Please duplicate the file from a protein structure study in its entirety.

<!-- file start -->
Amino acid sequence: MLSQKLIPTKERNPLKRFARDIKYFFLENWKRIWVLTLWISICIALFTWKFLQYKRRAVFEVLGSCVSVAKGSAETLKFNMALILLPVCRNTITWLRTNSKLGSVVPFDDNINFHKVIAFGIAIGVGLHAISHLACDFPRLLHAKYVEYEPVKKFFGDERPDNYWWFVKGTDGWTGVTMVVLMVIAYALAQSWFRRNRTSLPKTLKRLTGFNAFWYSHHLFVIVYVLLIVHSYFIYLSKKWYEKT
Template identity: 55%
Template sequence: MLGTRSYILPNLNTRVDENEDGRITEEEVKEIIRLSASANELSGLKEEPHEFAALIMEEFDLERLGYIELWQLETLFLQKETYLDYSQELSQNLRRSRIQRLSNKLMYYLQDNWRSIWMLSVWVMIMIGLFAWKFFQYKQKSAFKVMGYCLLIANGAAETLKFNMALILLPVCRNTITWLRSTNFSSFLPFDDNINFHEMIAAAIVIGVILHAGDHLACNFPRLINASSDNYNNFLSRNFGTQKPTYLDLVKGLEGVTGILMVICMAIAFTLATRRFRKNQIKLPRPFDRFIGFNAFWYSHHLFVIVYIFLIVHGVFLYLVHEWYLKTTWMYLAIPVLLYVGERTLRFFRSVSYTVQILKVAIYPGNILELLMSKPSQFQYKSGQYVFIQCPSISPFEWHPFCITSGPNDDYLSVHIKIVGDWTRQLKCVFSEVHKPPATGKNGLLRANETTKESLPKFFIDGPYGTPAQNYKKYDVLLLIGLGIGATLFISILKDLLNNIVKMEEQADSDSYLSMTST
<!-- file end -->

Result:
Amino acid sequence: MLSQKLIPTKERNPLKRFARDIKYFFLENWKRIWVLTLWISICIALFTWKFLQYKRRAVFEVLGSCVSVAKGSAETLKFNMALILLPVCRNTITWLRTNSKLGSVVPFDDNINFHKVIAFGIAIGVGLHAISHLACDFPRLLHAKYVEYEPVKKFFGDERPDNYWWFVKGTDGWTGVTMVVLMVIAYALAQSWFRRNRTSLPKTLKRLTGFNAFWYSHHLFVIVYVLLIVHSYFIYLSKKWYEKT
Template identity: 55%
Template sequence: MLGTRSYILPNLNTRVDENEDGRITEEEVKEIIRLSASANELSGLKEEPHEFAALIMEEFDLERLGYIELWQLETLFLQKETYLDYSQELSQNLRRSRIQRLSNKLMYYLQDNWRSIWMLSVWVMIMIGLFAWKFFQYKQKSAFKVMGYCLLIANGAAETLKFNMALILLPVCRNTITWLRSTNFSSFLPFDDNINFHEMIAAAIVIGVILHAGDHLACNFPRLINASSDNYNNFLSRNFGTQKPTYLDLVKGLEGVTGILMVICMAIAFTLATRRFRKNQIKLPRPFDRFIGFNAFWYSHHLFVIVYIFLIVHGVFLYLVHEWYLKTTWMYLAIPVLLYVGERTLRFFRSVSYTVQILKVAIYPGNILELLMSKPSQFQYKSGQYVFIQCPSISPFEWHPFCITSGPNDDYLSVHIKIVGDWTRQLKCVFSEVHKPPATGKNGLLRANETTKESLPKFFIDGPYGTPAQNYKKYDVLLLIGLGIGATLFISILKDLLNNIVKMEEQADSDSYLSMTST